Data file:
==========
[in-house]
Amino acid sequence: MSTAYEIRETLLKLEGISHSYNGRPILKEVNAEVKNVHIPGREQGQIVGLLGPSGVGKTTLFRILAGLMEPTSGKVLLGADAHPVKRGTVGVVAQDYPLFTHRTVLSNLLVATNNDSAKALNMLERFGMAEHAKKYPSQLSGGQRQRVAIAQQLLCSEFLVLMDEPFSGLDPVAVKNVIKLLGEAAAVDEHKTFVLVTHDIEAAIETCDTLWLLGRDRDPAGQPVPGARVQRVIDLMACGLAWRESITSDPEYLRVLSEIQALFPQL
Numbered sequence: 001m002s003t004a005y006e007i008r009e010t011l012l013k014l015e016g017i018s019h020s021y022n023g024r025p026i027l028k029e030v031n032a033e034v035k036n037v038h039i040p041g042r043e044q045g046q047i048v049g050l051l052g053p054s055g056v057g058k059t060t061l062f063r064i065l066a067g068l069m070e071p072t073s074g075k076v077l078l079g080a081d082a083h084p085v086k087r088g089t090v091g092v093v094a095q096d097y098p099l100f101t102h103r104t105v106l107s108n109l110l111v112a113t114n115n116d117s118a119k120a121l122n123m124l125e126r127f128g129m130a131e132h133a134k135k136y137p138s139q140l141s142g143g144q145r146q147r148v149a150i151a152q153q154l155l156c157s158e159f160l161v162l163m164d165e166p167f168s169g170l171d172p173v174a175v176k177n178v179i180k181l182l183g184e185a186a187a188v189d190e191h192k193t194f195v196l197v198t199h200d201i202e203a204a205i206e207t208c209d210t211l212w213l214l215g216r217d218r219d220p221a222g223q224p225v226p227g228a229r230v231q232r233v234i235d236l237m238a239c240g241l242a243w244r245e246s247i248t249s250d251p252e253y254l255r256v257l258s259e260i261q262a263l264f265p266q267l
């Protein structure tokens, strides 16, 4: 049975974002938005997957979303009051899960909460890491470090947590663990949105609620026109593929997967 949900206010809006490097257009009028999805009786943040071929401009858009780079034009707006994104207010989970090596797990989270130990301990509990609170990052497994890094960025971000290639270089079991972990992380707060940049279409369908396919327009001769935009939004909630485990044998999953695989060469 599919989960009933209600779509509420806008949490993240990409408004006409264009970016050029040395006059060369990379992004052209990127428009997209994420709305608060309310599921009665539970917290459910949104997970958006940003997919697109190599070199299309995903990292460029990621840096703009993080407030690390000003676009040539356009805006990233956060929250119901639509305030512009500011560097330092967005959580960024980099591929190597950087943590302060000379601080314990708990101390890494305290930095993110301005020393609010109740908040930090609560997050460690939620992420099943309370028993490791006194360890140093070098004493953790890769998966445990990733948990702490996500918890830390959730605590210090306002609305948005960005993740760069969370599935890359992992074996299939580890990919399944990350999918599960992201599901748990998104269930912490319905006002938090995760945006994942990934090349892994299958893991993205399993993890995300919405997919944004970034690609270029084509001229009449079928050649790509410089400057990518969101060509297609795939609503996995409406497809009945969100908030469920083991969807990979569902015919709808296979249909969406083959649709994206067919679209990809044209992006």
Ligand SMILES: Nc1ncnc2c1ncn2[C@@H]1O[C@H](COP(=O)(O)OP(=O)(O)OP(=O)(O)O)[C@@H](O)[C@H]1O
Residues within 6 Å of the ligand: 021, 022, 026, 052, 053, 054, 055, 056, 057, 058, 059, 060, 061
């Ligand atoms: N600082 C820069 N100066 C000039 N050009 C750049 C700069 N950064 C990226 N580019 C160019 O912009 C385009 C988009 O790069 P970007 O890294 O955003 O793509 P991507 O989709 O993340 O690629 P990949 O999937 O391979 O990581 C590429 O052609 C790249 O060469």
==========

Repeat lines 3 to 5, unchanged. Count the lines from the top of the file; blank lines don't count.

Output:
Numbered sequence: 001m002s003t004a005y006e007i008r009e010t011l012l013k014l015e016g017i018s019h020s021y022n023g024r025p026i027l028k029e030v031n032a033e034v035k036n037v038h039i040p041g042r043e044q045g046q047i048v049g050l051l052g053p054s055g056v057g058k059t060t061l062f063r064i065l066a067g068l069m070e071p072t073s074g075k076v077l078l079g080a081d082a083h084p085v086k087r088g089t090v091g092v093v094a095q096d097y098p099l100f101t102h103r104t105v106l107s108n109l110l111v112a113t114n115n116d117s118a119k120a121l122n123m124l125e126r127f128g129m130a131e132h133a134k135k136y137p138s139q140l141s142g143g144q145r146q147r148v149a150i151a152q153q154l155l156c157s158e159f160l161v162l163m164d165e166p167f168s169g170l171d172p173v174a175v176k177n178v179i180k181l182l183g184e185a186a187a188v189d190e191h192k193t194f195v196l197v198t199h200d201i202e203a204a205i206e207t208c209d210t211l212w213l214l215g216r217d218r219d220p221a222g223q224p225v226p227g228a229r230v231q232r233v234i235d236l237m238a239c240g241l242a243w244r245e246s247i248t249s250d251p252e253y254l255r256v257l258s259e260i261q262a263l264f265p266q267l
């Protein structure tokens, strides 16, 4: 049975974002938005997957979303009051899960909460890491470090947590663990949105609620026109593929997967 949900206010809006490097257009009028999805009786943040071929401009858009780079034009707006994104207010989970090596797990989270130990301990509990609170990052497994890094960025971000290639270089079991972990992380707060940049279409369908396919327009001769935009939004909630485990044998999953695989060469 599919989960009933209600779509509420806008949490993240990409408004006409264009970016050029040395006059060369990379992004052209990127428009997209994420709305608060309310599921009665539970917290459910949104997970958006940003997919697109190599070199299309995903990292460029990621840096703009993080407030690390000003676009040539356009805006990233956060929250119901639509305030512009500011560097330092967005959580960024980099591929190597950087943590302060000379601080314990708990101390890494305290930095993110301005020393609010109740908040930090609560997050460690939620992420099943309370028993490791006194360890140093070098004493953790890769998966445990990733948990702490996500918890830390959730605590210090306002609305948005960005993740760069969370599935890359992992074996299939580890990919399944990350999918599960992201599901748990998104269930912490319905006002938090995760945006994942990934090349892994299958893991993205399993993890995300919405997919944004970034690609270029084509001229009449079928050649790509410089400057990518969101060509297609795939609503996995409406497809009945969100908030469920083991969807990979569902015919709808296979249909969406083959649709994206067919679209990809044209992006």
Ligand SMILES: Nc1ncnc2c1ncn2[C@@H]1O[C@H](COP(=O)(O)OP(=O)(O)OP(=O)(O)O)[C@@H](O)[C@H]1O